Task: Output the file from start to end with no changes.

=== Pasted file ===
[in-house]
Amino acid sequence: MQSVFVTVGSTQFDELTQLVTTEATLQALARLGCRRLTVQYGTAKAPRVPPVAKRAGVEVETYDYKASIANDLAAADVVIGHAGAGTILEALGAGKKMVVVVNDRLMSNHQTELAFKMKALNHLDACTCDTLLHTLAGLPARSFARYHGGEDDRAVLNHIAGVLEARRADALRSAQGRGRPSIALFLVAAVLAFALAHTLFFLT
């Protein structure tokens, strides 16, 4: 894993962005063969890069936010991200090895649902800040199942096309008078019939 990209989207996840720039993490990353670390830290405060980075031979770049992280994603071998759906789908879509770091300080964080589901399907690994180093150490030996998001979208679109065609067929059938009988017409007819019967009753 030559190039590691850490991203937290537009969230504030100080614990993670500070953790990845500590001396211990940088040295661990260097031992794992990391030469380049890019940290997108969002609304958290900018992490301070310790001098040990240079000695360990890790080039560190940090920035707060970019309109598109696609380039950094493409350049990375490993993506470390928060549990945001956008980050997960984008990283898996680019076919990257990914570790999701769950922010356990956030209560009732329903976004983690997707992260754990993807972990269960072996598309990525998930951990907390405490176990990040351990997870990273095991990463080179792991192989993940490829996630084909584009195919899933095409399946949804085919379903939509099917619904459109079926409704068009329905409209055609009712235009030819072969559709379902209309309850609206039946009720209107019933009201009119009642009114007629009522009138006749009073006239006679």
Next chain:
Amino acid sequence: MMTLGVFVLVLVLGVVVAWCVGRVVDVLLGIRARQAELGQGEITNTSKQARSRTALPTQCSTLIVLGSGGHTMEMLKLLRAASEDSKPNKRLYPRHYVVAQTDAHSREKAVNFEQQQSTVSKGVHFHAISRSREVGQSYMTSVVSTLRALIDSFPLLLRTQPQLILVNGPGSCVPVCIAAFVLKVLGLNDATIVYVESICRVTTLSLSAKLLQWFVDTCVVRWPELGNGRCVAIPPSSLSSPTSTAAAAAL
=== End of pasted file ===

[in-house]
Amino acid sequence: MQSVFVTVGSTQFDELTQLVTTEATLQALARLGCRRLTVQYGTAKAPRVPPVAKRAGVEVETYDYKASIANDLAAADVVIGHAGAGTILEALGAGKKMVVVVNDRLMSNHQTELAFKMKALNHLDACTCDTLLHTLAGLPARSFARYHGGEDDRAVLNHIAGVLEARRADALRSAQGRGRPSIALFLVAAVLAFALAHTLFFLT
């Protein structure tokens, strides 16, 4: 894993962005063969890069936010991200090895649902800040199942096309008078019939 990209989207996840720039993490990353670390830290405060980075031979770049992280994603071998759906789908879509770091300080964080589901399907690994180093150490030996998001979208679109065609067929059938009988017409007819019967009753 030559190039590691850490991203937290537009969230504030100080614990993670500070953790990845500590001396211990940088040295661990260097031992794992990391030469380049890019940290997108969002609304958290900018992490301070310790001098040990240079000695360990890790080039560190940090920035707060970019309109598109696609380039950094493409350049990375490993993506470390928060549990945001956008980050997960984008990283898996680019076919990257990914570790999701769950922010356990956030209560009732329903976004983690997707992260754990993807972990269960072996598309990525998930951990907390405490176990990040351990997870990273095991990463080179792991192989993940490829996630084909584009195919899933095409399946949804085919379903939509099917619904459109079926409704068009329905409209055609009712235009030819072969559709379902209309309850609206039946009720209107019933009201009119009642009114007629009522009138006749009073006239006679």
Next chain:
Amino acid sequence: MMTLGVFVLVLVLGVVVAWCVGRVVDVLLGIRARQAELGQGEITNTSKQARSRTALPTQCSTLIVLGSGGHTMEMLKLLRAASEDSKPNKRLYPRHYVVAQTDAHSREKAVNFEQQQSTVSKGVHFHAISRSREVGQSYMTSVVSTLRALIDSFPLLLRTQPQLILVNGPGSCVPVCIAAFVLKVLGLNDATIVYVESICRVTTLSLSAKLLQWFVDTCVVRWPELGNGRCVAIPPSSLSSPTSTAAAAAL